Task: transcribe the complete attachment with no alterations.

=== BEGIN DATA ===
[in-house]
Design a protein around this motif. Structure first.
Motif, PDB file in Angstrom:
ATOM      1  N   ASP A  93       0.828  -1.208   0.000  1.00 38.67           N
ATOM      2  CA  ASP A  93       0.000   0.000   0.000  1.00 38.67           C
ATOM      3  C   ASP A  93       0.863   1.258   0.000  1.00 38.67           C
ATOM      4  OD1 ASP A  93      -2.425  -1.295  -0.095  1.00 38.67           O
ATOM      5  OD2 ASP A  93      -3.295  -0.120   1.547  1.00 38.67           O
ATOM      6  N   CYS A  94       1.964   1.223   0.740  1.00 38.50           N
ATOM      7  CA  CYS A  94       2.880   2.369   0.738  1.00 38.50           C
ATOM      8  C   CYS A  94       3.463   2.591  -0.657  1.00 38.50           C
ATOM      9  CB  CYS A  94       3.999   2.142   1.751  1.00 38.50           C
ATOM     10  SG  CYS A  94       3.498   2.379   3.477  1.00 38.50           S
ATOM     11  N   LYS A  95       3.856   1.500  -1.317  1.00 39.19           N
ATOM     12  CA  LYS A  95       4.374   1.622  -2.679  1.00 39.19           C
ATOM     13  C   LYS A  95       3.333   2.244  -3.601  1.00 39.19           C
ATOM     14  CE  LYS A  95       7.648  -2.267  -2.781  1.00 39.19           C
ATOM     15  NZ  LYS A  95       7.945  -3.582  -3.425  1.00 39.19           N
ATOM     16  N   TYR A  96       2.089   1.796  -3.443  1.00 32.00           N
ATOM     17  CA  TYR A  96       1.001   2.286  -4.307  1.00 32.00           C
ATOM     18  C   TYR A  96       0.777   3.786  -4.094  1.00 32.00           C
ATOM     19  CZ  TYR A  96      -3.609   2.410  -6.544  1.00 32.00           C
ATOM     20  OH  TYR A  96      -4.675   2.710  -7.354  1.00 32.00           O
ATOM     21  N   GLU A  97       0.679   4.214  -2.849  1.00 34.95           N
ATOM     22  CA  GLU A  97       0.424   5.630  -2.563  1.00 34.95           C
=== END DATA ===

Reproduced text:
[in-house]
Design a protein around this motif. Structure first.
Motif, PDB file in Angstrom:
ATOM      1  N   ASP A  93       0.828  -1.208   0.000  1.00 38.67           N
ATOM      2  CA  ASP A  93       0.000   0.000   0.000  1.00 38.67           C
ATOM      3  C   ASP A  93       0.863   1.258   0.000  1.00 38.67           C
ATOM      4  OD1 ASP A  93      -2.425  -1.295  -0.095  1.00 38.67           O
ATOM      5  OD2 ASP A  93      -3.295  -0.120   1.547  1.00 38.67           O
ATOM      6  N   CYS A  94       1.964   1.223   0.740  1.00 38.50           N
ATOM      7  CA  CYS A  94       2.880   2.369   0.738  1.00 38.50           C
ATOM      8  C   CYS A  94       3.463   2.591  -0.657  1.00 38.50           C
ATOM      9  CB  CYS A  94       3.999   2.142   1.751  1.00 38.50           C
ATOM     10  SG  CYS A  94       3.498   2.379   3.477  1.00 38.50           S
ATOM     11  N   LYS A  95       3.856   1.500  -1.317  1.00 39.19           N
ATOM     12  CA  LYS A  95       4.374   1.622  -2.679  1.00 39.19           C
ATOM     13  C   LYS A  95       3.333   2.244  -3.601  1.00 39.19           C
ATOM     14  CE  LYS A  95       7.648  -2.267  -2.781  1.00 39.19           C
ATOM     15  NZ  LYS A  95       7.945  -3.582  -3.425  1.00 39.19           N
ATOM     16  N   TYR A  96       2.089   1.796  -3.443  1.00 32.00           N
ATOM     17  CA  TYR A  96       1.001   2.286  -4.307  1.00 32.00           C
ATOM     18  C   TYR A  96       0.777   3.786  -4.094  1.00 32.00           C
ATOM     19  CZ  TYR A  96      -3.609   2.410  -6.544  1.00 32.00           C
ATOM     20  OH  TYR A  96      -4.675   2.710  -7.354  1.00 32.00           O
ATOM     21  N   GLU A  97       0.679   4.214  -2.849  1.00 34.95           N
ATOM     22  CA  GLU A  97       0.424   5.630  -2.563  1.00 34.95           C